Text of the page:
If we cannot end a depression only through food, we can probably aggravate it by poor food choices. But we can also prevent a relapse by good choices. Depending on the case, a dietitian or an osteopath can help establish the appropriate diet.

– Ensure a sufficient daily intake of nutrients. According to the naturopathic therapist JE Pizzorno, the recommendations proposed to the population in the food guides to maintain optimal health remain the same in case of depression. However, he recommends a multivitamin and mineral supplement.
– Consume more fatty fish (such as mackerel, herring and salmon) because their flesh is rich in omega-3 fatty acids, an essential nutrient.
– Also, be sure to eat foods high in folic acid, such as organ meats, legumes and dark green leafy vegetables. Some pasta and breakfast cereals are fortified with folic acid.
– A study has shown that the Mediterranean diet reduces the risk of depression. A diet containing a lot of processed products increases the risk of depression by 58% in this study. On the contrary, the Mediterranean diet reduces the risk of depression by 30%. How can a diet act so much on depression? Probably by bringing omega-3s, antioxidants, folates, and maybe other elements …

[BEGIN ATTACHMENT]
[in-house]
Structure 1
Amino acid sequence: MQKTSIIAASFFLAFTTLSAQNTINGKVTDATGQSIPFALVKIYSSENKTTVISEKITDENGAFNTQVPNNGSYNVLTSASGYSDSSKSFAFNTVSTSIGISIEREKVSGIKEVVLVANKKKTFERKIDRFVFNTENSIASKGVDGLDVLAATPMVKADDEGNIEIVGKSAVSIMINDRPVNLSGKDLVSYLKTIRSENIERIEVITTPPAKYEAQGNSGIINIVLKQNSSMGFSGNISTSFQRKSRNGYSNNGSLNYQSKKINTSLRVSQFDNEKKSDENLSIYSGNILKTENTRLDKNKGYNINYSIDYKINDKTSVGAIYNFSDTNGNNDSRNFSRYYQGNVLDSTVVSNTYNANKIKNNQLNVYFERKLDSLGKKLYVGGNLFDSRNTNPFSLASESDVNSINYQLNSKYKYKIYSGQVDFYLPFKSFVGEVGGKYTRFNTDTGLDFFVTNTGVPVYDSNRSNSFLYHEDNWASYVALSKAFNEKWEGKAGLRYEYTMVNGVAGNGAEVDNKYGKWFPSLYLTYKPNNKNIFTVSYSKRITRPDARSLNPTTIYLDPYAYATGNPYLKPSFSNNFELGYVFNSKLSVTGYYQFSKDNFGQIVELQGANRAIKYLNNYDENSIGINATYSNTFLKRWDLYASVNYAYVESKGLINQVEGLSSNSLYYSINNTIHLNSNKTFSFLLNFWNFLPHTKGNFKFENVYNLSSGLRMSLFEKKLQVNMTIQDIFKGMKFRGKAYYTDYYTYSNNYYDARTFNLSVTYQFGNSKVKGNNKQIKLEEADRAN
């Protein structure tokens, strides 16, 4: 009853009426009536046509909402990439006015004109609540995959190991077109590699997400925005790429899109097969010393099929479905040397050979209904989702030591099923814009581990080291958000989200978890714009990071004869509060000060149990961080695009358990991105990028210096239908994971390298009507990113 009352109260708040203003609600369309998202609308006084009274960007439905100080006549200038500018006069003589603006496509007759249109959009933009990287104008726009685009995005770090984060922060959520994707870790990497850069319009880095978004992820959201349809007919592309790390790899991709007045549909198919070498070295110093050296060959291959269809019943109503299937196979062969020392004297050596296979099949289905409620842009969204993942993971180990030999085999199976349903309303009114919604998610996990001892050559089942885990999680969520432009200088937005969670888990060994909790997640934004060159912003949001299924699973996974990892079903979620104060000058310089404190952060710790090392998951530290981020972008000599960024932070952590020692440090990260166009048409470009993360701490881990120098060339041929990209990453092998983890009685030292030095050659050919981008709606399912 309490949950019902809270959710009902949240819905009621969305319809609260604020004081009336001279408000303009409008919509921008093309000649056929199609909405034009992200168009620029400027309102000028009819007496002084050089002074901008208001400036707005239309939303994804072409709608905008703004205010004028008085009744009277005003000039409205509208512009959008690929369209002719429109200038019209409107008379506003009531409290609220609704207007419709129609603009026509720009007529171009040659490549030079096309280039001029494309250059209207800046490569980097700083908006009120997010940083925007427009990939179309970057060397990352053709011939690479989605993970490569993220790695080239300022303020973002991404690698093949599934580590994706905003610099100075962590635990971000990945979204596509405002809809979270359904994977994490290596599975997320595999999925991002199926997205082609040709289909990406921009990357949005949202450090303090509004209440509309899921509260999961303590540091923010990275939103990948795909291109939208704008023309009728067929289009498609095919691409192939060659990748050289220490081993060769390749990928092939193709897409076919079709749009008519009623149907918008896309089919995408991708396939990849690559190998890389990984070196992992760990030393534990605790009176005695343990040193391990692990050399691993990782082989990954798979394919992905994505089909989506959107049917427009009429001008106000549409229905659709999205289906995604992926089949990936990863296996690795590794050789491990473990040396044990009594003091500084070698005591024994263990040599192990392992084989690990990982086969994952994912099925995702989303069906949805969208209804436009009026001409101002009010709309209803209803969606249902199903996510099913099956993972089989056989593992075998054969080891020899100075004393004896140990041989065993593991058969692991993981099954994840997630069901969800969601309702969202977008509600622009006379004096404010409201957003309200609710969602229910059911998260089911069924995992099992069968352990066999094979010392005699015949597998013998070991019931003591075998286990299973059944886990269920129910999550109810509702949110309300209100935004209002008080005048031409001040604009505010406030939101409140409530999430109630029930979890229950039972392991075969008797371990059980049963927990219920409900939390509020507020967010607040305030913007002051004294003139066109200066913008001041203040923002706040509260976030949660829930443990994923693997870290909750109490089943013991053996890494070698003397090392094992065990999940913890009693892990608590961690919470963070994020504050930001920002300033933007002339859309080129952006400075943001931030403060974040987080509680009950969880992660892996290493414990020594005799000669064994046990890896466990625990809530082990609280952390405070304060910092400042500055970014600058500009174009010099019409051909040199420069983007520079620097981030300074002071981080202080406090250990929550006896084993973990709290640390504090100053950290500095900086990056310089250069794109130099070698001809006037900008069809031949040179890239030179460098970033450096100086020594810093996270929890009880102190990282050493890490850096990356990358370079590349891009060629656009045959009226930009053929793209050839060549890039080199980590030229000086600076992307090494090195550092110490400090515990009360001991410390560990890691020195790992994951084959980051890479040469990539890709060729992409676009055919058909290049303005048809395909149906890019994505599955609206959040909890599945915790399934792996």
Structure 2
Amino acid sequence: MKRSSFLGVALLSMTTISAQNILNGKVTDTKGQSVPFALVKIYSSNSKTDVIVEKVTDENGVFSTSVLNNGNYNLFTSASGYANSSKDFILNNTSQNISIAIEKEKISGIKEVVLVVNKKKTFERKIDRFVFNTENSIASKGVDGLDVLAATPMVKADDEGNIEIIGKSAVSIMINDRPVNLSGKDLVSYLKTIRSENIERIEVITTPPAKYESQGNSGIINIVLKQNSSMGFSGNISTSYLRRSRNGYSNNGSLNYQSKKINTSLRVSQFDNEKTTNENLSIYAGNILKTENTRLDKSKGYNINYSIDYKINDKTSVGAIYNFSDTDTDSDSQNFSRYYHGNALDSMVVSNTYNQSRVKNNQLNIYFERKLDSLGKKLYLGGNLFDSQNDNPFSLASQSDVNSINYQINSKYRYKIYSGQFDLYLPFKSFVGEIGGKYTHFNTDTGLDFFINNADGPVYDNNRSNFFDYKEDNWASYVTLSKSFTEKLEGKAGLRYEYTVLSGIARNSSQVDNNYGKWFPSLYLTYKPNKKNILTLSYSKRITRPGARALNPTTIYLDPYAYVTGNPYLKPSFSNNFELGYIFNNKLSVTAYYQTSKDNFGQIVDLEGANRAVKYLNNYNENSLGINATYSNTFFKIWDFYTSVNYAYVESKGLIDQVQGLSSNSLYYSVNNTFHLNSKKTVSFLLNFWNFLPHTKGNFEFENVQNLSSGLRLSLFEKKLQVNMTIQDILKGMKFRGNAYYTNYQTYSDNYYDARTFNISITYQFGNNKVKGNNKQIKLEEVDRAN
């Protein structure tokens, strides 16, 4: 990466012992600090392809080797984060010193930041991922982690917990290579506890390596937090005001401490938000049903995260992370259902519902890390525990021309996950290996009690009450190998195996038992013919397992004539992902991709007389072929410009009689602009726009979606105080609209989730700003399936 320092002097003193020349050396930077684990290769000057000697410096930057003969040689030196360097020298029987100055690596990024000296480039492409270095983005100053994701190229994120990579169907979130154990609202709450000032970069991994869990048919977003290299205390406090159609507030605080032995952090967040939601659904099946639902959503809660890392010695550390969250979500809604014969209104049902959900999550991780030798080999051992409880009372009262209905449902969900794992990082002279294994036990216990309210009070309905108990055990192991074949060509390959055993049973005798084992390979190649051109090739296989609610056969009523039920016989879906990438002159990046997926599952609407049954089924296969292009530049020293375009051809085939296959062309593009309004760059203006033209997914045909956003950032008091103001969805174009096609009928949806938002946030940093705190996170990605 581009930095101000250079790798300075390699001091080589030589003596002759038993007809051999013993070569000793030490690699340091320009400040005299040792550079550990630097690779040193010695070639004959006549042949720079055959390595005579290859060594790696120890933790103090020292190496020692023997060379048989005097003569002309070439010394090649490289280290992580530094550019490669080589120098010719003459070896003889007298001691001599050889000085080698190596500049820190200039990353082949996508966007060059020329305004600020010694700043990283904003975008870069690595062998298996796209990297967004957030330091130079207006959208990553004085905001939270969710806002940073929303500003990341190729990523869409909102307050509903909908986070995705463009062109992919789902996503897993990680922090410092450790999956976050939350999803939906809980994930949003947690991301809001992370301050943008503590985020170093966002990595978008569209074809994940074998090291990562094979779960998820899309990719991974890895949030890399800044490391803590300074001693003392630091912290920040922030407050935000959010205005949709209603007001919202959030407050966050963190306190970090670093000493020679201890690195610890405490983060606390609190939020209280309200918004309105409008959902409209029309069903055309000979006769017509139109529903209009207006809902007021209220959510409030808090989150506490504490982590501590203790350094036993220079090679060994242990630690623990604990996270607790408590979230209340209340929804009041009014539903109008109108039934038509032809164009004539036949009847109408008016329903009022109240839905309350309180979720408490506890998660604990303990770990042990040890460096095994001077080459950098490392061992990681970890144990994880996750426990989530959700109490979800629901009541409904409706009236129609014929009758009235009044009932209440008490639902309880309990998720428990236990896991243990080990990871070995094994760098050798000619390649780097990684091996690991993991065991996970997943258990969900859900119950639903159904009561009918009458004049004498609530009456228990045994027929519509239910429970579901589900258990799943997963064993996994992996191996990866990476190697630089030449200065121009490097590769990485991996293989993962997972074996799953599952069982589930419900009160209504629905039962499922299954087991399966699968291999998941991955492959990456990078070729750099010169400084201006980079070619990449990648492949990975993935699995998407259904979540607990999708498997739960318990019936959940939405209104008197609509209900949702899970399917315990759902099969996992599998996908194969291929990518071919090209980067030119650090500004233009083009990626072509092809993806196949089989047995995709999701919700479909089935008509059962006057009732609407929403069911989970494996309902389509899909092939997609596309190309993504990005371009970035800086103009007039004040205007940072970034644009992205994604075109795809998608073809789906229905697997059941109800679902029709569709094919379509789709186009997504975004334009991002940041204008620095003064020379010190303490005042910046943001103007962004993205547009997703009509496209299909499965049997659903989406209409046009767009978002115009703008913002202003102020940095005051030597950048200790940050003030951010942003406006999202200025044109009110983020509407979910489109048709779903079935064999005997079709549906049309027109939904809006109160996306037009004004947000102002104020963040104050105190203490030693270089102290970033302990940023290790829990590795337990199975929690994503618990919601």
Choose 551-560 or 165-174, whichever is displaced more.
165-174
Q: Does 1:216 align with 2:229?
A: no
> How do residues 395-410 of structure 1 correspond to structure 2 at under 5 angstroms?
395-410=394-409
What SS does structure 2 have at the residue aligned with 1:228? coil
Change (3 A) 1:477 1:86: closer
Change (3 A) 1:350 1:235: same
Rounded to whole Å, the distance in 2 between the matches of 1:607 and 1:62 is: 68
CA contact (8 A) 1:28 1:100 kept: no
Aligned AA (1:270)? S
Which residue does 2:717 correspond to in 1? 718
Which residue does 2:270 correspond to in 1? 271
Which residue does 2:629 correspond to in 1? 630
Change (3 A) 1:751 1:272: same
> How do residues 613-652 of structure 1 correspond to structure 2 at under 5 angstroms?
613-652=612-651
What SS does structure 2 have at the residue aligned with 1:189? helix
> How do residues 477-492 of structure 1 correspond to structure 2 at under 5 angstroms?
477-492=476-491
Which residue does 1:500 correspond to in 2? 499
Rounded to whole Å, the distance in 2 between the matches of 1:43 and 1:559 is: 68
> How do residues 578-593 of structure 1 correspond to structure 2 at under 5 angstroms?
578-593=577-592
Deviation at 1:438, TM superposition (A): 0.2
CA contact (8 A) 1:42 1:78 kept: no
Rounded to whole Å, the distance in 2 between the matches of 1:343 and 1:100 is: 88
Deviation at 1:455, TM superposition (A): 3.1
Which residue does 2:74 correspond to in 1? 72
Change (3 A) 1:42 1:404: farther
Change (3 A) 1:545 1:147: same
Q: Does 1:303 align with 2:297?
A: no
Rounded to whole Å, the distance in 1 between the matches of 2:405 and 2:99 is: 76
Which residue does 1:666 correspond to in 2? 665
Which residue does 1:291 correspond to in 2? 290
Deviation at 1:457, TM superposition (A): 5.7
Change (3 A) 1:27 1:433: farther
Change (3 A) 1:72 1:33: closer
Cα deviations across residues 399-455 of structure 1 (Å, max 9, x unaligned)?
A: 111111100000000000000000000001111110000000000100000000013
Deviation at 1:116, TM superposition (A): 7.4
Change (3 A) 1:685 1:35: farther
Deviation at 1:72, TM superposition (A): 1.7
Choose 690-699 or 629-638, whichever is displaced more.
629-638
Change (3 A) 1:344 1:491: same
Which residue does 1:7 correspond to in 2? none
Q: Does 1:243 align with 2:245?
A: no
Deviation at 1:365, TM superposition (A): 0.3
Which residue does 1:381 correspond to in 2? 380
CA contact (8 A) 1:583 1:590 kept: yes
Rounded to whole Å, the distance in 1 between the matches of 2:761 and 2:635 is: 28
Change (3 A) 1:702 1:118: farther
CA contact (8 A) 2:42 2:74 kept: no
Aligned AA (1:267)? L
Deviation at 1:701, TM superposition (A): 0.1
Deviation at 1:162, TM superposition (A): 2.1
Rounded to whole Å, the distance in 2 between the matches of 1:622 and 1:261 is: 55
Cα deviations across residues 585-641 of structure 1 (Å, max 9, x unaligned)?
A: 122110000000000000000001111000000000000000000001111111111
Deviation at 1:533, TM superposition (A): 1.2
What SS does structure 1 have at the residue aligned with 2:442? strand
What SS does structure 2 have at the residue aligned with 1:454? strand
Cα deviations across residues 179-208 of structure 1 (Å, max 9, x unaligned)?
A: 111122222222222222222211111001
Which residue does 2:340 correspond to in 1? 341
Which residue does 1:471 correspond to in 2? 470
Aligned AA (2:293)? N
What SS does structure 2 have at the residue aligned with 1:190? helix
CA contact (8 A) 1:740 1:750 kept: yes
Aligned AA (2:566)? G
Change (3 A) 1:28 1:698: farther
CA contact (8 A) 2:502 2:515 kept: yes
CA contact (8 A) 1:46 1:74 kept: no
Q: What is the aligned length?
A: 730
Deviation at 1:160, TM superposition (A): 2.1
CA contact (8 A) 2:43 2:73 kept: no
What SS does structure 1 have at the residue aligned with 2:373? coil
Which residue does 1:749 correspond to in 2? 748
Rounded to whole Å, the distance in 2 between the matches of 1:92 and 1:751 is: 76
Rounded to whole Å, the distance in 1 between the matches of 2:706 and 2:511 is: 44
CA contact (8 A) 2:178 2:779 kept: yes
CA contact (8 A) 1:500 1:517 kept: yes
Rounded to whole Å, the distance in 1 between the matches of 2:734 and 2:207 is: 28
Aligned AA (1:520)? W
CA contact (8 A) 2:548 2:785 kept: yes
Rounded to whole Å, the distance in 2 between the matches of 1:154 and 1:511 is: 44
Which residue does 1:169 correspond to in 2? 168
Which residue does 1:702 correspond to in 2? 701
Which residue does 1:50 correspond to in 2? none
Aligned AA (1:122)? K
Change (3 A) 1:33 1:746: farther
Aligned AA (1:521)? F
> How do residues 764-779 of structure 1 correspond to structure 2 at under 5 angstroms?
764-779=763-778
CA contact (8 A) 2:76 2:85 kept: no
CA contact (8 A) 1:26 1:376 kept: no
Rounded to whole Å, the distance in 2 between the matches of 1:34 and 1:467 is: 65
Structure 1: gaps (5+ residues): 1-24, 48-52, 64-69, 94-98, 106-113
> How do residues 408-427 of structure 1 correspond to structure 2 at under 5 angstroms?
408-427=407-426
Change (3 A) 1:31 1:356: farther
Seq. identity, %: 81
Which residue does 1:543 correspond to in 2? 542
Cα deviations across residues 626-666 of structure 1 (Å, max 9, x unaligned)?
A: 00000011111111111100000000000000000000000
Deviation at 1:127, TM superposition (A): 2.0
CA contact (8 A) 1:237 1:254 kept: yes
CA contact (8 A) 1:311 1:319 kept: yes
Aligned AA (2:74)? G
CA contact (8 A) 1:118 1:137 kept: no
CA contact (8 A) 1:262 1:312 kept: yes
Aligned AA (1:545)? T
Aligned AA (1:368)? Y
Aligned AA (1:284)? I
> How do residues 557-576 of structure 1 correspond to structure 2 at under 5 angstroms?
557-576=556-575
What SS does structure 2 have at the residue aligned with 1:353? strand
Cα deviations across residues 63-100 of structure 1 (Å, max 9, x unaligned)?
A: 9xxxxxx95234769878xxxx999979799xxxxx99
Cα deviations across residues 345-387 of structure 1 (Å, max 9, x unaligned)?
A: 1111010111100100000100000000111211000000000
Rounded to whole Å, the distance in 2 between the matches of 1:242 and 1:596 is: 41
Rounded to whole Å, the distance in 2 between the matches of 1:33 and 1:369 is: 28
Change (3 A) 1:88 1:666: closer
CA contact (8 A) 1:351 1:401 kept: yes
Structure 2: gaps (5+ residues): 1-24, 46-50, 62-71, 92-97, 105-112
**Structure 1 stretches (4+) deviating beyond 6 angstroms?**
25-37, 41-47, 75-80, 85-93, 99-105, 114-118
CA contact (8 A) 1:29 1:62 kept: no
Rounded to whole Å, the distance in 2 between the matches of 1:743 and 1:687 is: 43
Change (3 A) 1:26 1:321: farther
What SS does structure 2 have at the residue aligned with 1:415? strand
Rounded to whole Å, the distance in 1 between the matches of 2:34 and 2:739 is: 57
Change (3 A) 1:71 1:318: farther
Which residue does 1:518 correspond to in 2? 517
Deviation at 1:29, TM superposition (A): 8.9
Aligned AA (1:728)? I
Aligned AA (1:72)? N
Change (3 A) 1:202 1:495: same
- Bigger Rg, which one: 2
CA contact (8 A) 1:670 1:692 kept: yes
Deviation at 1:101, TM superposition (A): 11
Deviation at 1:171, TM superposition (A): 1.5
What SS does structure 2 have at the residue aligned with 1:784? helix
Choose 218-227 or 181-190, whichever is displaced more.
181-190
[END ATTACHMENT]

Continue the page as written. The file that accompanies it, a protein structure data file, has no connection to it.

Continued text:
Measures to prevent relapses
To prevent a relapse, it is recommended that all treatments (whether medications or natural health products as well as psychotherapy) be continued from 6 months to 24 months after complete healing.

If the treatment is stopped as soon as the person feels well, the risk of relapse would exceed 50%. At this time, the disease may be more difficult to treat. It is also more likely that depression will become chronic, hence the importance of self-care to prevent depressive episodes (treatment, psychiatric follow-up, psychotherapy, and lifestyle changes).

Medical treatments for depression

The treatment varies according to the severity of the depression.

dysthymic depression, mild to moderate depression can usually be effectively treated by psychotherapy. In the case of major depression, the recommended treatment is psychotherapy associated with taking an antidepressant medication.